Some asthma attack symptoms such as wheezing are easy to identify. Yet other asthma attack symptoms such as feelings of anxiety or panic are not as well known. Some people may have an itchy chin before they start to feel short of breath and cough. Still others may only have symptoms at nighttime (called nocturnal asthma). As soon as you notice your asthma attack symptoms, seek quick treatment with your asthma medication to prevent an asthma emergency.
By Jan. 1, 2009, millions of Americans with asthma and those with chronic obstructive pulmonary disease will have to make the switch from CFC-propelled inhalers to HFA-propelled inhalers, if they haven't already.
The change comes as a result of a federal ban on CFC (chlorofluorocarbons) albuterol inhalers that goes into effect Dec. 31, 2008.
For some asthma patients, like 35-year-old Shelby Rothrock of Silver Spring, Md., the new inhalers are a big improvement. She says she prefers the feel of...
An asthma attack is a sudden worsening of asthma symptoms caused by the tightening of muscles of your airways (bronchospasm). During the attack, the lining of the airways becomes swollen or inflamed and more and thicker mucus than normal is produced. All of these factors -- bronchospasm, inflammation, and mucus production -- cause asthma attack symptoms. Asthma attack symptoms include:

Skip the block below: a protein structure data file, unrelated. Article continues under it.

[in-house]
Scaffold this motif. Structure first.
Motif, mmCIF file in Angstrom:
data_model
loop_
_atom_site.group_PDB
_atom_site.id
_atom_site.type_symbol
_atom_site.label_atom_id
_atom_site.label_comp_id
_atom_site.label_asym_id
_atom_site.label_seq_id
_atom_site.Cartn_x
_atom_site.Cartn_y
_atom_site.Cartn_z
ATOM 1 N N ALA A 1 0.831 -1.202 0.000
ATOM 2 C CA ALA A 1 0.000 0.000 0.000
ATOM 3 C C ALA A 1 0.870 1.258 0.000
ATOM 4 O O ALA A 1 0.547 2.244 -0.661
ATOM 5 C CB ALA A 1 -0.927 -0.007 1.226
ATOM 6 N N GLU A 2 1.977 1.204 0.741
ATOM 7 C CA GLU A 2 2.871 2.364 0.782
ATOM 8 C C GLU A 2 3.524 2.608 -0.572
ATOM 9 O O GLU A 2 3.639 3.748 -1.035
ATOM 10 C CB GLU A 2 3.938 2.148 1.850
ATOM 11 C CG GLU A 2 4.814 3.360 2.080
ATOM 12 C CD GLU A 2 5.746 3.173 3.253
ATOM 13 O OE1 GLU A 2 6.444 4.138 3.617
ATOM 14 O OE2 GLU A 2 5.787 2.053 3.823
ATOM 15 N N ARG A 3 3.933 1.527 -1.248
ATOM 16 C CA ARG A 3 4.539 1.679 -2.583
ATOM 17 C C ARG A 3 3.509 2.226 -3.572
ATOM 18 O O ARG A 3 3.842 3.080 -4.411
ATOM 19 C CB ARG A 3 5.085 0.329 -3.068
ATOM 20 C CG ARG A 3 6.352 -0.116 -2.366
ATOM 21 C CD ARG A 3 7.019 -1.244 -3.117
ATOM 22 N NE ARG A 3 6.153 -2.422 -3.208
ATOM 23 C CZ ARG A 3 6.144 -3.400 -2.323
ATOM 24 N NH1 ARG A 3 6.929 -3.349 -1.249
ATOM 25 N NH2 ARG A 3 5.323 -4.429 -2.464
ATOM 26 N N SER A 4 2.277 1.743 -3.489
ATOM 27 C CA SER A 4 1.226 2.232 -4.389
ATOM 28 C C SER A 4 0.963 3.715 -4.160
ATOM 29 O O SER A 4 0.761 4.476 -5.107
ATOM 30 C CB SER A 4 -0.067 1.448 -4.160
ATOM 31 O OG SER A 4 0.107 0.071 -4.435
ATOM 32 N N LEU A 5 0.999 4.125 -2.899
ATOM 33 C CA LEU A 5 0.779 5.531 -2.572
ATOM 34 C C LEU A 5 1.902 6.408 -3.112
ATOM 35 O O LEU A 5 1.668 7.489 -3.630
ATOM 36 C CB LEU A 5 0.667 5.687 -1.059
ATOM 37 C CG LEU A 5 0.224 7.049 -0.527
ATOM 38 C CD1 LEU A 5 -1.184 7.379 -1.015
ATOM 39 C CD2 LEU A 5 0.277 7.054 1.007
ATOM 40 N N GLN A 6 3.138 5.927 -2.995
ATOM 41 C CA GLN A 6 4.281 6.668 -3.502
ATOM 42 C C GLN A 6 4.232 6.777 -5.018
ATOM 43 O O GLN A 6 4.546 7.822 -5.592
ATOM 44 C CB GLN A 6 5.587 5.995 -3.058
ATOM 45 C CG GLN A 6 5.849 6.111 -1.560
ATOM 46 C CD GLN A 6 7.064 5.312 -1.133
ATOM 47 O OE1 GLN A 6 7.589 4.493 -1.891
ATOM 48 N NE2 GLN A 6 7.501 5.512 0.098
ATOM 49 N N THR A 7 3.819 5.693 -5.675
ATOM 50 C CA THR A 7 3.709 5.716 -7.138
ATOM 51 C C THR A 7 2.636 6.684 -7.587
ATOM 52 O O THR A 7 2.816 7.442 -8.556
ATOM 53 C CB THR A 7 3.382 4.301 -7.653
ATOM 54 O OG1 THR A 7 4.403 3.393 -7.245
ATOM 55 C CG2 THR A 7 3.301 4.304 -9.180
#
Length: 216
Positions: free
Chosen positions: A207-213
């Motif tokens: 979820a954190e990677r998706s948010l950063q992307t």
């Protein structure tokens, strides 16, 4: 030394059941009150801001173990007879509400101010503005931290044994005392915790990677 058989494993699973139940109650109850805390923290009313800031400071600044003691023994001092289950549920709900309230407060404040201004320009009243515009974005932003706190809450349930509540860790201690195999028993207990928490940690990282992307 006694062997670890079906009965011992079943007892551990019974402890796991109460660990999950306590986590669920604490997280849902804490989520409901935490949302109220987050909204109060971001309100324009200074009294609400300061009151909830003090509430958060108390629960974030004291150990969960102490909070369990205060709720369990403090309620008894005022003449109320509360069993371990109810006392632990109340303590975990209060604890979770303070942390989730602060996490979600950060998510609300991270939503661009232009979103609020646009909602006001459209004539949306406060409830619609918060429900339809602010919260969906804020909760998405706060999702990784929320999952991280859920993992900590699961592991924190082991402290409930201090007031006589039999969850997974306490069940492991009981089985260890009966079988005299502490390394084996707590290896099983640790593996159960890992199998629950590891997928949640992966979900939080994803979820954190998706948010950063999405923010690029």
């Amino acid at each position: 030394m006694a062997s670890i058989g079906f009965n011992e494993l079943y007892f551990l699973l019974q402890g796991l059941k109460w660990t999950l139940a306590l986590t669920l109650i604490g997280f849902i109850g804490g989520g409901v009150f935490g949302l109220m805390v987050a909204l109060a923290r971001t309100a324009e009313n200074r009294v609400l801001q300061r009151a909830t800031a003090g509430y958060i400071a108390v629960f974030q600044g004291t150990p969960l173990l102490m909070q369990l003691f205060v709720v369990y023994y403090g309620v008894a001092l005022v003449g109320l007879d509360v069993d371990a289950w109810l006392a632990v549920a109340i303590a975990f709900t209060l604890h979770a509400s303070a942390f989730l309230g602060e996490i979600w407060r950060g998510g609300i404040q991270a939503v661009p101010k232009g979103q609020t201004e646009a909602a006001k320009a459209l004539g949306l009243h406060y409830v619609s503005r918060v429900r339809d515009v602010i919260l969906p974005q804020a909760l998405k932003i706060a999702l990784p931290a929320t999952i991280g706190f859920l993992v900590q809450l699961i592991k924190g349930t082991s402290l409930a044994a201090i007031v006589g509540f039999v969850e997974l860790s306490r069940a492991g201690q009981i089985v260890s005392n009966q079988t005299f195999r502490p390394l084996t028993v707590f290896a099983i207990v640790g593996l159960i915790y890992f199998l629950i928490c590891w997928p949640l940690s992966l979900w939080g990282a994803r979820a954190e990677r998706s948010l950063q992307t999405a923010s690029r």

Difficulty breathing, shortness of breath, or very rapid breathing
Tightened neck and chest muscles, called retractions
Difficulty talking and performing normal daily activities
Feelings of anxiety or panic
Pale, sweaty face
Blue lips or fingernails
Worsening symptoms despite use of your medications
If you have asthma, you may go for weeks to months without having any asthma attack symptoms. Then suddenly, when you least expect it, you might have asthma symptoms such as shortness of breath, coughing, and wheezing. Sometimes allergies to seasonal pollen or weather changes can trigger asthma attack symptoms. Other times, a viral infection such as cold or flu can trigger asthma attack symptoms. Even exercise or sudden stress can cause asthma attack symptoms.
Preventing an Asthma Attack
The best way to prevent asthma attack symptoms is to manage your asthma daily. By following your asthma action plan and using your peak flow meter to measure breathing changes, you can treat your asthma with the proper medications before symptoms become noticeable. In doing so, you can prevent an asthma emergency and continue to live an active life.
What Do I Do if I Have an Asthma Attack?
Without immediate asthma treatment, asthma attack symptoms can worsen and become severe. If you experience asthma attack symptoms and your symptoms do not improve with treatment, contact your doctor. If you have an asthma action plan, follow the "Red Zone" or emergency instructions immediately. You need medical attention right away.
UptoDate Patient Information: "Trigger avoidance in asthma," "Pathogenesis and management of status asthmaticus in adults."
American Academy of Allergy, Asthma & Immunology: "Tips to Remember: asthma triggers and management," "Allergic Conditions: Exercise-Induced Asthma (EIA)."
Merck Manual Home Edition: "Asthma."